Susan Carroll, a senior scholar at the Center for American Women and Politics, a nonpartisan research organization in New Jersey, agreed, adding that she’s seen no consistent polling to suggest that Obama is losing his edge among women.
“I think there was erosion in women’s support following the first debate and movement toward Romney, but I think it happened for men as well,” Carroll said. “But at this point there’s no evidence that it’s continuing, that Romney is continuing to pick up women voters.”
She said Obama’s focus on women stems from the fact that there are slightly disproportionately more women among voters who have yet to make up their minds, and women make up a critical part of Obama’s base.
“This campaign is going to come down to turnout,” she said. “You would expect him to be out there speaking to women and mobilizing his base.”
Still, there are voters like Carrie Williams, 33, a Virginia resident who works in marketing and advertising, and should be in Obama’s camp. Although she didn’t vote in 2008, she comes from a Democratic family and had rooted for Obama to succeed.
The debates, however, made up her mind. She’ll be voting for Romney. Of Obama, she says, “I just don’t think he’s giving us any indication that he has a plan for the future.”
But Lily Bryan, 24, a Virginia resident who voted for Obama in 2008, will do so again. She acknowledges some in her circle “have become a little disenchanted,” but will still support Obama.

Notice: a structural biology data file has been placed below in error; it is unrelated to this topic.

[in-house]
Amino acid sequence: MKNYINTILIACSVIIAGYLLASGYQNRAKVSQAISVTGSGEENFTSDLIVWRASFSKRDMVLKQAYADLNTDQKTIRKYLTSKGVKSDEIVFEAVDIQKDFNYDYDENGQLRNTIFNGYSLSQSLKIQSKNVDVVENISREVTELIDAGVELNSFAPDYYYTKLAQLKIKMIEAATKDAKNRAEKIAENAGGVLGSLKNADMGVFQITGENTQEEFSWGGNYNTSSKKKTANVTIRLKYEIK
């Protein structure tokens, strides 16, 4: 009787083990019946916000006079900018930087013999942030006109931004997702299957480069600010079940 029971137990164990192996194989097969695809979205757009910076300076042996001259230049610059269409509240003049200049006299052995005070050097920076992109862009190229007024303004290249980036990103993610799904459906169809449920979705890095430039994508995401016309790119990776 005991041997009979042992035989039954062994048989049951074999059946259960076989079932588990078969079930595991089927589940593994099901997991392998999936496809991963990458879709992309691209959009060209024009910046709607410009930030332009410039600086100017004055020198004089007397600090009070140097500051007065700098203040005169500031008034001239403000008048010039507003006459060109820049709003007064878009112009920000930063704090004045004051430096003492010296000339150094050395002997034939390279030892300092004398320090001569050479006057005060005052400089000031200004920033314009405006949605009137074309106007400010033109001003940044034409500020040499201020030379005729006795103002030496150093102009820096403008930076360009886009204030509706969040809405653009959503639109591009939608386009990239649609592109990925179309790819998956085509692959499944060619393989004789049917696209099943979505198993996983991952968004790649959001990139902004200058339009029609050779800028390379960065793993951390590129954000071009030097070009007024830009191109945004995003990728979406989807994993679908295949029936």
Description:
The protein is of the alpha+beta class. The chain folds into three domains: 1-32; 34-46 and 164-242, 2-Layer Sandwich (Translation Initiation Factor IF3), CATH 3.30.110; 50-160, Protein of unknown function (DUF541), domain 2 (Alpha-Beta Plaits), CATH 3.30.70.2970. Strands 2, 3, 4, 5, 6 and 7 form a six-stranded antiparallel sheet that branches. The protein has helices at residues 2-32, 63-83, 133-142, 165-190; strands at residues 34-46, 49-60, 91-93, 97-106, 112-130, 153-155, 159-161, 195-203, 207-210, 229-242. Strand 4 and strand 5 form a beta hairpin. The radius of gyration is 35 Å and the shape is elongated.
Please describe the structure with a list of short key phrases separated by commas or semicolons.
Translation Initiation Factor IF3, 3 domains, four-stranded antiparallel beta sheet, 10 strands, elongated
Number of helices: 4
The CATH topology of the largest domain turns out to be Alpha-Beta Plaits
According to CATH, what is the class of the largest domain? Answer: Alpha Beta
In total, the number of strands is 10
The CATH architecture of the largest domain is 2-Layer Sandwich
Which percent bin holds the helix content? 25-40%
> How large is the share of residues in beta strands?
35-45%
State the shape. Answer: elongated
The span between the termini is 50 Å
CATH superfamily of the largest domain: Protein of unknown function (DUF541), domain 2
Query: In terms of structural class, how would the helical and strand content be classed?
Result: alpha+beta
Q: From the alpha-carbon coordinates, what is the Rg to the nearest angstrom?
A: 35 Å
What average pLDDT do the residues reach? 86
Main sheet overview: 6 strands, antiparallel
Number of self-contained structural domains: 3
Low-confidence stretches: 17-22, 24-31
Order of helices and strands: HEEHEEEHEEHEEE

“It’s mostly a lot of social issues,” she said, listing abortion rights, equal pay for women and gay marriage as issues where she agrees with Obama.
Any softening of female support comes as Obama faces a significant gap with males, especially white men.
Tom Edmonds, a Republican political consultant in Virginia, says Obama’s approach to women voters – including an emphasis on access to birth control and abortion rights -- may be misplaced during an economic downturn and is doing little to bring aboard male voters.
“Obama is trying to appeal to women on one single point and they want a job, economic opportunities,” Edmonds said. “They want the same things men want. Obama’s trying to appeal to women through the abortion issue almost exclusively while Romney is trying to appeal to them on jobs and the economy. As Romney’s stock has gone up with men, it’s also gone up with women."
Obama’s approach has its fans: as the president walked into The Common Man restaurant in Merrimack, N.H., on Saturday after a campaign appearance in nearby Nashua, a woman sitting with her husband and two children grabbed Obama’s arm.
“I’m so happy with your support of women,” she told the president.
Obama replied: "Women are always – usually -- ahead of the game.”